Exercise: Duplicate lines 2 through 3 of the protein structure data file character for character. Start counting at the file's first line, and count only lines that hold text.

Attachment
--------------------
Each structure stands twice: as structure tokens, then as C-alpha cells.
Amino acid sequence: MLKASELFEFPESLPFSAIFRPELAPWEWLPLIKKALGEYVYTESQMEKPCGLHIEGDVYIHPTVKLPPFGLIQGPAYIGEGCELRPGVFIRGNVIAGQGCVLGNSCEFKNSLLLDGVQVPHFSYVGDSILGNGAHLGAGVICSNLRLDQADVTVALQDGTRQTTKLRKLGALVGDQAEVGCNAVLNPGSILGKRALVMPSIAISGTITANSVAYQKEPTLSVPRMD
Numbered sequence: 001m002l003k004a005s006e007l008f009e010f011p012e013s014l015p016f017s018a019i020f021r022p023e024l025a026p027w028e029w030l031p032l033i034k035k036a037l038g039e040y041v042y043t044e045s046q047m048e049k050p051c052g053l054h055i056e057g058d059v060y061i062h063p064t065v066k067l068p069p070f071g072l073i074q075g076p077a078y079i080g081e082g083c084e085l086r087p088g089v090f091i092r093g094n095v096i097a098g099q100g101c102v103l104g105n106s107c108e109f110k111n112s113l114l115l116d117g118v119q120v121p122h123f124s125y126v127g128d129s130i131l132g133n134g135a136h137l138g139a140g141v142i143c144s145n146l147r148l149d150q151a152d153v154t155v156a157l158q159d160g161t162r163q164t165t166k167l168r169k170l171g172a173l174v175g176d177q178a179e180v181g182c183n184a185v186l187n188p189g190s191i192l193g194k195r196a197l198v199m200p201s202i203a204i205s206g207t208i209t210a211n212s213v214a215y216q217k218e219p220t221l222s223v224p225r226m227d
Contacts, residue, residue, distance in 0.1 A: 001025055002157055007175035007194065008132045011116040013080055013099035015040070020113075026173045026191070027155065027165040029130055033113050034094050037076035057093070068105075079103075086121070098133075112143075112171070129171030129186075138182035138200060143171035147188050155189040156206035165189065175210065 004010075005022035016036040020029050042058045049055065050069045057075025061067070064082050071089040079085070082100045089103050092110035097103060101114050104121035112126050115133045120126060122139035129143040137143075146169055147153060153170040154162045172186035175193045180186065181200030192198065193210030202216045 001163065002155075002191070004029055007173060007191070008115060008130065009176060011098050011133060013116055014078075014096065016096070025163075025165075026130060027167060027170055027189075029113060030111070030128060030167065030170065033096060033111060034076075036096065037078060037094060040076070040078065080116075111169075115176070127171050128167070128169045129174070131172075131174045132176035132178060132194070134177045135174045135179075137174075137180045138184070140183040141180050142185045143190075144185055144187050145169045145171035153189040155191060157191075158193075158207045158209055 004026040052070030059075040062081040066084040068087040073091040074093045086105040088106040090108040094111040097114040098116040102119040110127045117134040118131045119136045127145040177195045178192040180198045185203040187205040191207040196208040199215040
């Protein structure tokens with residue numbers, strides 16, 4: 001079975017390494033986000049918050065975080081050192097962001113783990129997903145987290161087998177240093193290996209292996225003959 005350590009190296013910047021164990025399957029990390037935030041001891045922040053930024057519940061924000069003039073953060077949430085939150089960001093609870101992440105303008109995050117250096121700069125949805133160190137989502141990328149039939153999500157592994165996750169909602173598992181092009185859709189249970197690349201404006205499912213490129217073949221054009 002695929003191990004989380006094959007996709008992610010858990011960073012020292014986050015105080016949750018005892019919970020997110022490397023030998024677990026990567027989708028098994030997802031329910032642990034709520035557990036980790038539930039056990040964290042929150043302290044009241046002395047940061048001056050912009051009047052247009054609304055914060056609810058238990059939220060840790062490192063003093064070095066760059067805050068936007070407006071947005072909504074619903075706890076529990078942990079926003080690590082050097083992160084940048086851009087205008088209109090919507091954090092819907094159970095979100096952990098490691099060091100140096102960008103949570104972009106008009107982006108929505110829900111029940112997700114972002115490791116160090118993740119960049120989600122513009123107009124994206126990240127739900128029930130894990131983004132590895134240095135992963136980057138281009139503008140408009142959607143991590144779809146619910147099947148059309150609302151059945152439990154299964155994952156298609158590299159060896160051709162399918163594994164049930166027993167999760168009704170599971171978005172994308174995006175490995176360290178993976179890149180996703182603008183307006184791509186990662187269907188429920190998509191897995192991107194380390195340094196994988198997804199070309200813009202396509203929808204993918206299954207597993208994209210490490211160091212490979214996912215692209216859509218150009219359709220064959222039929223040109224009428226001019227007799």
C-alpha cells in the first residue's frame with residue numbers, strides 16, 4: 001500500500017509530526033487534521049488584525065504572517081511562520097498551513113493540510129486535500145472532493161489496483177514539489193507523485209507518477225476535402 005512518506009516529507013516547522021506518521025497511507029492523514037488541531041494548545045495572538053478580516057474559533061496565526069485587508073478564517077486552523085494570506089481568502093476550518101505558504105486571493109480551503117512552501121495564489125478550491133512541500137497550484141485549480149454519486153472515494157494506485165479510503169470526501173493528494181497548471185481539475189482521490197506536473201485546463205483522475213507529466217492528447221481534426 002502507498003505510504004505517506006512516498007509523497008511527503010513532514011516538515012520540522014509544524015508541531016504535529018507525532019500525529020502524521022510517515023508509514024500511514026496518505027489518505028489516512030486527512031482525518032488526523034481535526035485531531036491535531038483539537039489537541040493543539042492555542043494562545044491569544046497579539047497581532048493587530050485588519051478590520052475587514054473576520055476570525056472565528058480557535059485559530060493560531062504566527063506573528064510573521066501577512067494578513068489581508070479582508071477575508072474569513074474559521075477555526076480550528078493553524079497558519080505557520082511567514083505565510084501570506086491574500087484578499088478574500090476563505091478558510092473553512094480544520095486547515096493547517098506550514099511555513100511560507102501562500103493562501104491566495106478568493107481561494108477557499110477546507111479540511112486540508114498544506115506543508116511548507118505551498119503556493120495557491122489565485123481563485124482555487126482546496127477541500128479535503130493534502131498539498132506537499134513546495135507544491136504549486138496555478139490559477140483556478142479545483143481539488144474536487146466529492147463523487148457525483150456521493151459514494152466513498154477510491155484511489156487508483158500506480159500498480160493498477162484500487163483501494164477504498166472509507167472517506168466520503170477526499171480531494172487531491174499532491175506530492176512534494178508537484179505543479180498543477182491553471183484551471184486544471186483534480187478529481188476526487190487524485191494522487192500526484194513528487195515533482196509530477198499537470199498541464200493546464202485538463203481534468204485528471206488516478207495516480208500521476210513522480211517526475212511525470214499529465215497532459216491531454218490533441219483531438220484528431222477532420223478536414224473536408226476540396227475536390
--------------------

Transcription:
Amino acid sequence: MLKASELFEFPESLPFSAIFRPELAPWEWLPLIKKALGEYVYTESQMEKPCGLHIEGDVYIHPTVKLPPFGLIQGPAYIGEGCELRPGVFIRGNVIAGQGCVLGNSCEFKNSLLLDGVQVPHFSYVGDSILGNGAHLGAGVICSNLRLDQADVTVALQDGTRQTTKLRKLGALVGDQAEVGCNAVLNPGSILGKRALVMPSIAISGTITANSVAYQKEPTLSVPRMD
Numbered sequence: 001m002l003k004a005s006e007l008f009e010f011p012e013s014l015p016f017s018a019i020f021r022p023e024l025a026p027w028e029w030l031p032l033i034k035k036a037l038g039e040y041v042y043t044e045s046q047m048e049k050p051c052g053l054h055i056e057g058d059v060y061i062h063p064t065v066k067l068p069p070f071g072l073i074q075g076p077a078y079i080g081e082g083c084e085l086r087p088g089v090f091i092r093g094n095v096i097a098g099q100g101c102v103l104g105n106s107c108e109f110k111n112s113l114l115l116d117g118v119q120v121p122h123f124s125y126v127g128d129s130i131l132g133n134g135a136h137l138g139a140g141v142i143c144s145n146l147r148l149d150q151a152d153v154t155v156a157l158q159d160g161t162r163q164t165t166k167l168r169k170l171g172a173l174v175g176d177q178a179e180v181g182c183n184a185v186l187n188p189g190s191i192l193g194k195r196a197l198v199m200p201s202i203a204i205s206g207t208i209t210a211n212s213v214a215y216q217k218e219p220t221l222s223v224p225r226m227d